But they all have to be APPROVED by Apple, and Apple has already said that anything that conflicts with the built-in apps are forbidden. So only Safari will be allowed on iPhone OS platforms.

    if I can't browse the full web like i can on my laptop,

    Other than sites that require Flash - as of yet there's no indication that there will be a version of Flash for the iPad though we're still a couple of months away from release - the iPad will indeed be able to browse the "full web" as long as the site is coded using industry-standard methods and doesn't use coding only supported in certain browsers. You can do that on the iPhone now, with again the exception of Flash based site or sites that insist on browser-specific features.


    If HTML 5 was adopted, then Flash (and its associated performance hit) can be killed off.
  • David M Brewer Level 6 Level 6 (9,270 points)
    Romad... I believe the word conflicts means... messes with. FireFox wouldn't mess with Safari or interact with it either. Time will tell if FireFox comes to the iPad.

    Message was edited by: David M Brewer
  • Jody Mac Fanboy Level 1 Level 1 (5 points)
    binaryTree wrote:


    I was going to get a netbook, but if the iPad will let me browse the web in the same way than I might consider paying more for it - even though it will have all the same features as netbook - just because it looks cool and has a touch screen.


    "even though it will have the same features as netbook" <---- Every $2XX netbook I have saw has a camera to video chat. The iPad will not have a camera! Big thumbs down in my humble opinion. This is the deal breaker for me.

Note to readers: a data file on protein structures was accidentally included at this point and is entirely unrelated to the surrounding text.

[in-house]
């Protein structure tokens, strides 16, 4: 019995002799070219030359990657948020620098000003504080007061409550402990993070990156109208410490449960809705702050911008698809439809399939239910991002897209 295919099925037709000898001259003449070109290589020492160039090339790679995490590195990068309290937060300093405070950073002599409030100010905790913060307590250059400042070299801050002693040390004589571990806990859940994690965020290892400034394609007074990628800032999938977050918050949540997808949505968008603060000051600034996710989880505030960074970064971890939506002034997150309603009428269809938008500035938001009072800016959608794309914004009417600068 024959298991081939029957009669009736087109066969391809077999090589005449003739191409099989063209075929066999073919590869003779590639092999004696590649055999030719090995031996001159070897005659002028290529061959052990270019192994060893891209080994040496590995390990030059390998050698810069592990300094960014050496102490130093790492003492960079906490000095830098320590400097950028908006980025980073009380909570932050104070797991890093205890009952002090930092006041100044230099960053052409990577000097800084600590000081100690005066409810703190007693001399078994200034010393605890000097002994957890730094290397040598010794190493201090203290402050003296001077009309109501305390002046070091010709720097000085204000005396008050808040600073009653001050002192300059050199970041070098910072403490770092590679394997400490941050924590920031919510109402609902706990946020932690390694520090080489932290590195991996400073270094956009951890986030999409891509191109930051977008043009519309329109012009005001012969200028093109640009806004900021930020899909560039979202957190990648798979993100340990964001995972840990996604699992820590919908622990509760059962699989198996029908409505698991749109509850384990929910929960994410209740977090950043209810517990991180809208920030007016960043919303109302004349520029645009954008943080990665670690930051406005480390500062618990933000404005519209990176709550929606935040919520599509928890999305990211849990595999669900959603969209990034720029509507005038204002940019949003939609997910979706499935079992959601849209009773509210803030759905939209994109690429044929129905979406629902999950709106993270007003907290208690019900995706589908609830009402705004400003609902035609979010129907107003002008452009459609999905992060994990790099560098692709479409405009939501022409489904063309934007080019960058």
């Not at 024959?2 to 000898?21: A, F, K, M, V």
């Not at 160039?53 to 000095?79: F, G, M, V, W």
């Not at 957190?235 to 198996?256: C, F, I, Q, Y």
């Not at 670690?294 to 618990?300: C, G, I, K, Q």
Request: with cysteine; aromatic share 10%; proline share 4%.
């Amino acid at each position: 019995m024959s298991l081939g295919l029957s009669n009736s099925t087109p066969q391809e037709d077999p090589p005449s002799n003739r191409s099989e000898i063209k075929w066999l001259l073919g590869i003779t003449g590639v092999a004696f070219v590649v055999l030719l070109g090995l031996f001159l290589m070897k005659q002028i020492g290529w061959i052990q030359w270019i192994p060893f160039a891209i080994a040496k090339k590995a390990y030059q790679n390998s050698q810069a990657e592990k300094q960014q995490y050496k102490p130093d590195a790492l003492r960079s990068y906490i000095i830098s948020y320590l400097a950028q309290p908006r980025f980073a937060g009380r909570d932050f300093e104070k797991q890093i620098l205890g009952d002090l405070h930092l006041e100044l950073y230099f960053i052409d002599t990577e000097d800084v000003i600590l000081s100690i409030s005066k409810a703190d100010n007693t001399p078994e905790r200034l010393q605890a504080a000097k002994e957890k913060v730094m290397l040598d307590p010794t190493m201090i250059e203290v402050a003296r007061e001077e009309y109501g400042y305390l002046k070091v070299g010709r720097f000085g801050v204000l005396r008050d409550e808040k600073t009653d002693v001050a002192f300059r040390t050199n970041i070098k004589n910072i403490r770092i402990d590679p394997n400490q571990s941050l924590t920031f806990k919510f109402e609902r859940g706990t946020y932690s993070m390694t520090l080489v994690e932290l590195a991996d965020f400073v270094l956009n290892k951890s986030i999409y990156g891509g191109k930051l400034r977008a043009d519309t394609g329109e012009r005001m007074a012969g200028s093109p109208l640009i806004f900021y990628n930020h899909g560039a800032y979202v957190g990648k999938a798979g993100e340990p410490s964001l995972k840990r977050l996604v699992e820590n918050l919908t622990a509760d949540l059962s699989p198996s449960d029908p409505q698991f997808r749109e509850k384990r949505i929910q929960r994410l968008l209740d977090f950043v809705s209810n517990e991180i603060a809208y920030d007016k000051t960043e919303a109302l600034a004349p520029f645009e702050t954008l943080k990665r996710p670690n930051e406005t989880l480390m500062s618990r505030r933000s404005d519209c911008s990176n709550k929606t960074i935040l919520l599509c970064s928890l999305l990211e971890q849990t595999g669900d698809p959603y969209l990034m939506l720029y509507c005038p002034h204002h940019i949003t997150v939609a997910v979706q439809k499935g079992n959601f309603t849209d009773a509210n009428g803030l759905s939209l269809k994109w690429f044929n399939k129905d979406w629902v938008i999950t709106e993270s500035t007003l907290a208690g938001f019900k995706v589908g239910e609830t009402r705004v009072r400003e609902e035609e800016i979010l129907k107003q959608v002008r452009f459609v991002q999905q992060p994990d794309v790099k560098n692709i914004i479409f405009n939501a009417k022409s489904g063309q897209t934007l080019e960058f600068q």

• Alancito Level 6 Level 6 (10,985 points)
    romad wrote:
    ...only Safari will be allowed on iPhone OS platforms.

    romad ~ There already are alternative browsers on iPhone OS platforms — see HERE.

     ~ Alancito
  • romad Level 3 Level 3 (590 points)
    I should have said "conflicts or duplicates". I've talked with iPhone SDK users and duplication is one of the no-nos. However, if you have a jailbroken iPhone, then you can put whatever you darn well please on it, I understand.
  • romad Level 3 Level 3 (590 points)
    Interesting that you don't see FF, Camino, IE, OmniWeb, iCab, Opera, Shiira, SeaMonkey, etc. listed. Are these "approved" browsers really viable alternatives to Safari on the iPhone? From the descriptions, they seem to be targeted at 1 or 2 specific uses as opposed to normal general use.

    I may go and look at the QuickSurf app, however.

    Just went to get it and was told it is NOT available in the U.S.

    Message was edited by: romad

    BUT I did find iCab!

    Thanks for the tip!

    Message was edited by: romad
  • varjak paw Level 10 Level 10 (169,830 points)
    But they all have to be APPROVED by Apple, and Apple has already said that anything that conflicts with the built-in apps are forbidden. So only Safari will be allowed on iPhone OS platforms.

    Several other web browsers have already been approved and sold through the App Store. Whether or not Apple would approve a version of Firefox is unknown.

    And the fact that Apple has to approve all apps does not alter the mistake of the initial statement which was that only Apple products could be installed, which is patently incorrect.